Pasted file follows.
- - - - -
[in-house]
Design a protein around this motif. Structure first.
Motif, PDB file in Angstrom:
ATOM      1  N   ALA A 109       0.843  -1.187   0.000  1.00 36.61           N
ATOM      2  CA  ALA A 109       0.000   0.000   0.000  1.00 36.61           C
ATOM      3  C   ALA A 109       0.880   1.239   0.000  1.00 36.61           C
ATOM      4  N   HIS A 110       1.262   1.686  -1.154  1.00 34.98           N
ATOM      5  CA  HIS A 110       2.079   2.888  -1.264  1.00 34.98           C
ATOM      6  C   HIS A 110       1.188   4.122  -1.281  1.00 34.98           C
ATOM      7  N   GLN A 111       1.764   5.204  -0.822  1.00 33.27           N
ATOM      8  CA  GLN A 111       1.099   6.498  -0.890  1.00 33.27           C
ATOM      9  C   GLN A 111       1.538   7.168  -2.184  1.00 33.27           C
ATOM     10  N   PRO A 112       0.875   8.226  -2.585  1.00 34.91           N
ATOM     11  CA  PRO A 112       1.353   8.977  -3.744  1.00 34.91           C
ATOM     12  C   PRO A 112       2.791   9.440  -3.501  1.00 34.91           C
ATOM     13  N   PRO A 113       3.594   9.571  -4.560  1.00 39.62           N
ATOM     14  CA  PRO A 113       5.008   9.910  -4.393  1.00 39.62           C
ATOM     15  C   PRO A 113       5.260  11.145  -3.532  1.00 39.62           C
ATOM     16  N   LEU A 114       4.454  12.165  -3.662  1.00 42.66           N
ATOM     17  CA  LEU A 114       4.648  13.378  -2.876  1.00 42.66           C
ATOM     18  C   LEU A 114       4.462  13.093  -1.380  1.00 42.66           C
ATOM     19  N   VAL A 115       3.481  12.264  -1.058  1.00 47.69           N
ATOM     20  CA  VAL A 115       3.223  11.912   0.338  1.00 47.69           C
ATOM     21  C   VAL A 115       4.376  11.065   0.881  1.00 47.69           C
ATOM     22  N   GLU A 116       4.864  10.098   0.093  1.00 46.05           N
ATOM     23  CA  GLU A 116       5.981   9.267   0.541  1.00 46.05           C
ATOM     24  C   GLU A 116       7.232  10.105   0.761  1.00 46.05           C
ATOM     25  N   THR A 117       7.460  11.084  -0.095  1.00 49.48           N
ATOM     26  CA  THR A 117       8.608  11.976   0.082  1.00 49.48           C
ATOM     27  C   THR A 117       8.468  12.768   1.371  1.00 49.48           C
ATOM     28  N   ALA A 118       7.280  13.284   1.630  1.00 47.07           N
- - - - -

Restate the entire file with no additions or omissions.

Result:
[in-house]
Design a protein around this motif. Structure first.
Motif, PDB file in Angstrom:
ATOM      1  N   ALA A 109       0.843  -1.187   0.000  1.00 36.61           N
ATOM      2  CA  ALA A 109       0.000   0.000   0.000  1.00 36.61           C
ATOM      3  C   ALA A 109       0.880   1.239   0.000  1.00 36.61           C
ATOM      4  N   HIS A 110       1.262   1.686  -1.154  1.00 34.98           N
ATOM      5  CA  HIS A 110       2.079   2.888  -1.264  1.00 34.98           C
ATOM      6  C   HIS A 110       1.188   4.122  -1.281  1.00 34.98           C
ATOM      7  N   GLN A 111       1.764   5.204  -0.822  1.00 33.27           N
ATOM      8  CA  GLN A 111       1.099   6.498  -0.890  1.00 33.27           C
ATOM      9  C   GLN A 111       1.538   7.168  -2.184  1.00 33.27           C
ATOM     10  N   PRO A 112       0.875   8.226  -2.585  1.00 34.91           N
ATOM     11  CA  PRO A 112       1.353   8.977  -3.744  1.00 34.91           C
ATOM     12  C   PRO A 112       2.791   9.440  -3.501  1.00 34.91           C
ATOM     13  N   PRO A 113       3.594   9.571  -4.560  1.00 39.62           N
ATOM     14  CA  PRO A 113       5.008   9.910  -4.393  1.00 39.62           C
ATOM     15  C   PRO A 113       5.260  11.145  -3.532  1.00 39.62           C
ATOM     16  N   LEU A 114       4.454  12.165  -3.662  1.00 42.66           N
ATOM     17  CA  LEU A 114       4.648  13.378  -2.876  1.00 42.66           C
ATOM     18  C   LEU A 114       4.462  13.093  -1.380  1.00 42.66           C
ATOM     19  N   VAL A 115       3.481  12.264  -1.058  1.00 47.69           N
ATOM     20  CA  VAL A 115       3.223  11.912   0.338  1.00 47.69           C
ATOM     21  C   VAL A 115       4.376  11.065   0.881  1.00 47.69           C
ATOM     22  N   GLU A 116       4.864  10.098   0.093  1.00 46.05           N
ATOM     23  CA  GLU A 116       5.981   9.267   0.541  1.00 46.05           C
ATOM     24  C   GLU A 116       7.232  10.105   0.761  1.00 46.05           C
ATOM     25  N   THR A 117       7.460  11.084  -0.095  1.00 49.48           N
ATOM     26  CA  THR A 117       8.608  11.976   0.082  1.00 49.48           C
ATOM     27  C   THR A 117       8.468  12.768   1.371  1.00 49.48           C
ATOM     28  N   ALA A 118       7.280  13.284   1.630  1.00 47.07           N